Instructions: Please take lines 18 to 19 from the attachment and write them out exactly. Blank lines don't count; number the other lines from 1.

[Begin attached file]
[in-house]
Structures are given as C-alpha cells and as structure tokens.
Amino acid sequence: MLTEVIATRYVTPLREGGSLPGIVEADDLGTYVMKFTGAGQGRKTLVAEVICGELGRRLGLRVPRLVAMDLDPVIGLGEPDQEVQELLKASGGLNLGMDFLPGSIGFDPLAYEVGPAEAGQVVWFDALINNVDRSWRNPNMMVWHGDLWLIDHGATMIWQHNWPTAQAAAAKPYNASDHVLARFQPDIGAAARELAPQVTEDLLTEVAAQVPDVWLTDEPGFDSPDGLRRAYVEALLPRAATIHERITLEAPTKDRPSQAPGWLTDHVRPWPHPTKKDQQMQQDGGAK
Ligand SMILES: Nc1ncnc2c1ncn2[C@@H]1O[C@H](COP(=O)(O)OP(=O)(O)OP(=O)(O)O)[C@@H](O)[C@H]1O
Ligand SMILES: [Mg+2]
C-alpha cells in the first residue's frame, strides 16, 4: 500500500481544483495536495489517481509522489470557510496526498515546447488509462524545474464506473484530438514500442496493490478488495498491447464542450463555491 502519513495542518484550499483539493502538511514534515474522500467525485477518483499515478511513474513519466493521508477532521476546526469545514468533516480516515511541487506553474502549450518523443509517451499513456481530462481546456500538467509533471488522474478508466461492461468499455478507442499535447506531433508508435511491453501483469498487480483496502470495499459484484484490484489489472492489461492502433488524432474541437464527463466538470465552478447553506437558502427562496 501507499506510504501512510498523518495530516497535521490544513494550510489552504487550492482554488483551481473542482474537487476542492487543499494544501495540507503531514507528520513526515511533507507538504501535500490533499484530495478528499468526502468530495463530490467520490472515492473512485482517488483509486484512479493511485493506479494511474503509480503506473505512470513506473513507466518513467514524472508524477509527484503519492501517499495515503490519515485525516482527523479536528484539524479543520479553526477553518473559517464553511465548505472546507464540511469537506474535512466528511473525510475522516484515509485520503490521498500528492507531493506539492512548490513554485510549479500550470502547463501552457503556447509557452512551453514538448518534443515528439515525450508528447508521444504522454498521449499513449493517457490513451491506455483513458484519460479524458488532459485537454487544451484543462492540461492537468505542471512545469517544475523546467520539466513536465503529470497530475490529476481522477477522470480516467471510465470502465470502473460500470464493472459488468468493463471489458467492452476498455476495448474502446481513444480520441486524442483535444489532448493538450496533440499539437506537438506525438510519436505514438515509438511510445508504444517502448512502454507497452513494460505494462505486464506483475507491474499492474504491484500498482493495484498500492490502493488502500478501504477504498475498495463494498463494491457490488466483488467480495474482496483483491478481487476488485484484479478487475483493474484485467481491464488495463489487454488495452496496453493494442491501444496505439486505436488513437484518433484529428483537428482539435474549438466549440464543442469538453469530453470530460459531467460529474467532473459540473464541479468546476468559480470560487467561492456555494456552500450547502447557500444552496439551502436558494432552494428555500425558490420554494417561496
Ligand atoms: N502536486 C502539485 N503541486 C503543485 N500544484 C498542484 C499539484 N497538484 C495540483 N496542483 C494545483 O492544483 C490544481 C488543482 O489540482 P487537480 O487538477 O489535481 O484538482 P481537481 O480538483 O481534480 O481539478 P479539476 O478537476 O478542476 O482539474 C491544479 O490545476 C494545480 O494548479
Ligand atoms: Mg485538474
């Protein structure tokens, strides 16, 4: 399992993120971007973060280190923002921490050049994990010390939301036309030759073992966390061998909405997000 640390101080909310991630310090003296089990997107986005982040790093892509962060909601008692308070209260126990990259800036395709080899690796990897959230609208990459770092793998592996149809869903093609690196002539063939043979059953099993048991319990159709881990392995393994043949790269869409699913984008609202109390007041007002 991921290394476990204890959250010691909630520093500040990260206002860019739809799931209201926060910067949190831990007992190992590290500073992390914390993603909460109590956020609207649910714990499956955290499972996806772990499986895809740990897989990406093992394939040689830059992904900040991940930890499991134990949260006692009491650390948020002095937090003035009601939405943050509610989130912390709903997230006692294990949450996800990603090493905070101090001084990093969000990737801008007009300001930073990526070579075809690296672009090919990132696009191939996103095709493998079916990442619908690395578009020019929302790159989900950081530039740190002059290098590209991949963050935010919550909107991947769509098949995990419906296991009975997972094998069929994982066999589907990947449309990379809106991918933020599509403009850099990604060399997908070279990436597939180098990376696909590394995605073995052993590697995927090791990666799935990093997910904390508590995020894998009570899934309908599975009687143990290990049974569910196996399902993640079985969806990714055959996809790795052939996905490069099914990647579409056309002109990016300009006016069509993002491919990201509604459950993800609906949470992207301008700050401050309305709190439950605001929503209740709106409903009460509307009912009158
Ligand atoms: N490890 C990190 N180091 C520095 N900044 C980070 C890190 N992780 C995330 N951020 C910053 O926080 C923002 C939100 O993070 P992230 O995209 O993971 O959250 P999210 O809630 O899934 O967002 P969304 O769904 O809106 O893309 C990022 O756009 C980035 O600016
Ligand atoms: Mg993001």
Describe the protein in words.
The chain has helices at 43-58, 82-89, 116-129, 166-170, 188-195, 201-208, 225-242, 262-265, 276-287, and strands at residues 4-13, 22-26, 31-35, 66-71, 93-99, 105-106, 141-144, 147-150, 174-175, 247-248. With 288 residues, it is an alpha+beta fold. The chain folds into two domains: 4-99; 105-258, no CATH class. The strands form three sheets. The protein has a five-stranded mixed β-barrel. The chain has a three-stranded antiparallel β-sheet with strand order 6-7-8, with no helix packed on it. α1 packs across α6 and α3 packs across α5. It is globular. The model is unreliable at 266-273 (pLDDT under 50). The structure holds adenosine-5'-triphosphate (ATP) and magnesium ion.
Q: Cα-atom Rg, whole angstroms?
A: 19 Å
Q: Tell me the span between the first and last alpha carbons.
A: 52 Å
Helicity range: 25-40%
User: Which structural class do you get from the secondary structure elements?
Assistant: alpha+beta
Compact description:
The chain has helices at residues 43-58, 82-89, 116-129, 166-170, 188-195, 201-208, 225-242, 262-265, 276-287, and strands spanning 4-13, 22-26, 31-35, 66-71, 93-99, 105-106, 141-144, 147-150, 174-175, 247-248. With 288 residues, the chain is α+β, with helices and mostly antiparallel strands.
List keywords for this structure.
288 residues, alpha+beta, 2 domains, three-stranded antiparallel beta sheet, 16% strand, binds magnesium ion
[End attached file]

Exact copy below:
Helicity range: 25-40%
User: Which structural class do you get from the secondary structure elements?